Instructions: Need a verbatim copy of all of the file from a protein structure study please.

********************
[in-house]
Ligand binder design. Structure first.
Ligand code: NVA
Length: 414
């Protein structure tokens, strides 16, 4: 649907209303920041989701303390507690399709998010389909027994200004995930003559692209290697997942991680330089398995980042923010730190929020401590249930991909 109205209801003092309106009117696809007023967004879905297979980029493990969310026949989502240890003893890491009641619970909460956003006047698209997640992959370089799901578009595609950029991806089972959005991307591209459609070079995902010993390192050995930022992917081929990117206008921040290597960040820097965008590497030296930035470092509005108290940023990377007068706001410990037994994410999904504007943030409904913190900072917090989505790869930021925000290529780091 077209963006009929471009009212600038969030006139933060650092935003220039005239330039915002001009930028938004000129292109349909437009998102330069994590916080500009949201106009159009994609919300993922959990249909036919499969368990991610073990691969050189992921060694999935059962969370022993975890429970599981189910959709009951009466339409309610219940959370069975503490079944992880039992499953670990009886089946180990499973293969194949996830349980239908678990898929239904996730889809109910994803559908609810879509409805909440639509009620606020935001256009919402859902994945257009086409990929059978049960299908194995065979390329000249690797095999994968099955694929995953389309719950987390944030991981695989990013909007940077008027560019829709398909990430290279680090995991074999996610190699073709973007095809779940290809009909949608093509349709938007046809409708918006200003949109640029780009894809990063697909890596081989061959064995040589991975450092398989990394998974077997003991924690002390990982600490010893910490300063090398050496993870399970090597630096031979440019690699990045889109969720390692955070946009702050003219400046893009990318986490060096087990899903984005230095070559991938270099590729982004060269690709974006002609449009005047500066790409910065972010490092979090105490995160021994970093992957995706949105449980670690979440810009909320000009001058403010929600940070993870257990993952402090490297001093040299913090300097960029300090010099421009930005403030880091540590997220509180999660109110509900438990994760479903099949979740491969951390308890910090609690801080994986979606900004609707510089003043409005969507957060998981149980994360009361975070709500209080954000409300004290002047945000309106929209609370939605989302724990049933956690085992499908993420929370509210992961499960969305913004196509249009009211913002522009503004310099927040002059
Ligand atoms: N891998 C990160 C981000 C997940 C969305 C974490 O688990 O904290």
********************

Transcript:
[in-house]
Ligand binder design. Structure first.
Ligand code: NVA
Length: 414
């Protein structure tokens, strides 16, 4: 649907209303920041989701303390507690399709998010389909027994200004995930003559692209290697997942991680330089398995980042923010730190929020401590249930991909 109205209801003092309106009117696809007023967004879905297979980029493990969310026949989502240890003893890491009641619970909460956003006047698209997640992959370089799901578009595609950029991806089972959005991307591209459609070079995902010993390192050995930022992917081929990117206008921040290597960040820097965008590497030296930035470092509005108290940023990377007068706001410990037994994410999904504007943030409904913190900072917090989505790869930021925000290529780091 077209963006009929471009009212600038969030006139933060650092935003220039005239330039915002001009930028938004000129292109349909437009998102330069994590916080500009949201106009159009994609919300993922959990249909036919499969368990991610073990691969050189992921060694999935059962969370022993975890429970599981189910959709009951009466339409309610219940959370069975503490079944992880039992499953670990009886089946180990499973293969194949996830349980239908678990898929239904996730889809109910994803559908609810879509409805909440639509009620606020935001256009919402859902994945257009086409990929059978049960299908194995065979390329000249690797095999994968099955694929995953389309719950987390944030991981695989990013909007940077008027560019829709398909990430290279680090995991074999996610190699073709973007095809779940290809009909949608093509349709938007046809409708918006200003949109640029780009894809990063697909890596081989061959064995040589991975450092398989990394998974077997003991924690002390990982600490010893910490300063090398050496993870399970090597630096031979440019690699990045889109969720390692955070946009702050003219400046893009990318986490060096087990899903984005230095070559991938270099590729982004060269690709974006002609449009005047500066790409910065972010490092979090105490995160021994970093992957995706949105449980670690979440810009909320000009001058403010929600940070993870257990993952402090490297001093040299913090300097960029300090010099421009930005403030880091540590997220509180999660109110509900438990994760479903099949979740491969951390308890910090609690801080994986979606900004609707510089003043409005969507957060998981149980994360009361975070709500209080954000409300004290002047945000309106929209609370939605989302724990049933956690085992499908993420929370509210992961499960969305913004196509249009009211913002522009503004310099927040002059
Ligand atoms: N891998 C990160 C981000 C997940 C969305 C974490 O688990 O904290």